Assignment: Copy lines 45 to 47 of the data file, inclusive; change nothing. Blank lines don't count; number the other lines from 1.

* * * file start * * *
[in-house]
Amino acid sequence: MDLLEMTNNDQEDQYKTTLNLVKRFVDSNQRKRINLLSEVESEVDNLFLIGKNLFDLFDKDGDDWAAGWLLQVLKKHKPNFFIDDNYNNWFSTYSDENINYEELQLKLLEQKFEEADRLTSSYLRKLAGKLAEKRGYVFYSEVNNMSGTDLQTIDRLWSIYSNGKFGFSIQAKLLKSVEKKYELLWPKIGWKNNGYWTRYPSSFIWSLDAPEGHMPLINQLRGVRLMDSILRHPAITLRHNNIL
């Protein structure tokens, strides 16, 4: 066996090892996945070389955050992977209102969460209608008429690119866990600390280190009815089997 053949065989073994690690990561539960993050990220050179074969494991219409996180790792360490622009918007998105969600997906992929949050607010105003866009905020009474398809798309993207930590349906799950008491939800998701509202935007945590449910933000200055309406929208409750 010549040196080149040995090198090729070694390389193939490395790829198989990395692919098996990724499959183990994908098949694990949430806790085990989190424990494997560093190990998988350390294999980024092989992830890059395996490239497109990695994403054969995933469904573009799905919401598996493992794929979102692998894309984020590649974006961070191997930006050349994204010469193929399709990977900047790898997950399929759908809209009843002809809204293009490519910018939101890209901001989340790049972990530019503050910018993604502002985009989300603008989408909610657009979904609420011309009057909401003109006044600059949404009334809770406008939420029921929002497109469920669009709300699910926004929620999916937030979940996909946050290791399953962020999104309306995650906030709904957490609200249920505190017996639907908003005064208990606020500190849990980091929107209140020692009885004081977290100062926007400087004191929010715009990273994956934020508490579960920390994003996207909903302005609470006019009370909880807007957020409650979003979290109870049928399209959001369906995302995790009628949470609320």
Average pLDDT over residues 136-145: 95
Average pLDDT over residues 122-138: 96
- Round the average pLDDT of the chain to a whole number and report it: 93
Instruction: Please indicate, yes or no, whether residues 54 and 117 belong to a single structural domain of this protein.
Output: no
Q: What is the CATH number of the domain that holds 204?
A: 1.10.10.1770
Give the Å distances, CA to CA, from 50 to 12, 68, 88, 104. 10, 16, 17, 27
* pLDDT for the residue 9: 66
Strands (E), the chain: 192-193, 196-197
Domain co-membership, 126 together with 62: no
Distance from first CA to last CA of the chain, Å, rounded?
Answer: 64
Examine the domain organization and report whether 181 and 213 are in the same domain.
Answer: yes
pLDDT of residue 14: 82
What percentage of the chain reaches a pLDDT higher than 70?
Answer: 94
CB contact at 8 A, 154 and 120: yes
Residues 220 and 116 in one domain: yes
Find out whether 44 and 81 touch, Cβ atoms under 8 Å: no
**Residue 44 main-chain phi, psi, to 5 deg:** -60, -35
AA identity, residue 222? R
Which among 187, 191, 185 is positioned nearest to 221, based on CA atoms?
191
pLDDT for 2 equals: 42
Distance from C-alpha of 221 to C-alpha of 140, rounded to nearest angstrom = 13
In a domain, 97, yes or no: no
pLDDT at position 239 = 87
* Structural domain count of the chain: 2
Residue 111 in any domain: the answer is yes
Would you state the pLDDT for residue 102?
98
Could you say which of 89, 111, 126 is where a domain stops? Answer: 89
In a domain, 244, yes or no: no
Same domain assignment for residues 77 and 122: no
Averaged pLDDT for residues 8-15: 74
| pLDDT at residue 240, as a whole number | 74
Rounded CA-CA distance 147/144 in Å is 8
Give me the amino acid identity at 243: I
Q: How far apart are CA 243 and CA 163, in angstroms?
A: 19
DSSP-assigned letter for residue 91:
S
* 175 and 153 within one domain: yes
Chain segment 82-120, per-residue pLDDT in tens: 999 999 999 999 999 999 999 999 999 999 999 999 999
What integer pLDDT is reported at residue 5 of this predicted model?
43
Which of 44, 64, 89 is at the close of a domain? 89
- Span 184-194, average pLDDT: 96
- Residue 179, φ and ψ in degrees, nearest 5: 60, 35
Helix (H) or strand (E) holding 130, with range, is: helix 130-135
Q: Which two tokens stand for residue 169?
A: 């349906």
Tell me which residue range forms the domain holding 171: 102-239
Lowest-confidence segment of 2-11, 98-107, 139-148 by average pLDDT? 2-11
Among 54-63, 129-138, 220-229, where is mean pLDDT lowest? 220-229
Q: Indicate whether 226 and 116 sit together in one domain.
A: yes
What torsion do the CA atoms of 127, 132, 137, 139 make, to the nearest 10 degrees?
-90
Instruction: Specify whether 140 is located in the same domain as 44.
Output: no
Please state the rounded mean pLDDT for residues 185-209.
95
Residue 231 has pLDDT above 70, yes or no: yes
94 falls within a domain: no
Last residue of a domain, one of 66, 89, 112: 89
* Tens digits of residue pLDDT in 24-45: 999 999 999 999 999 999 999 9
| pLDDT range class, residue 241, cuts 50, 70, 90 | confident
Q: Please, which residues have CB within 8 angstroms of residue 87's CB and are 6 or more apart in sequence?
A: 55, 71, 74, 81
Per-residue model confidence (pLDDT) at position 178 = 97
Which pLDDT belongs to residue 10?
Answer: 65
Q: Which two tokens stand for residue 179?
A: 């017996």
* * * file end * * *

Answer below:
A: 19
DSSP-assigned letter for residue 91:
S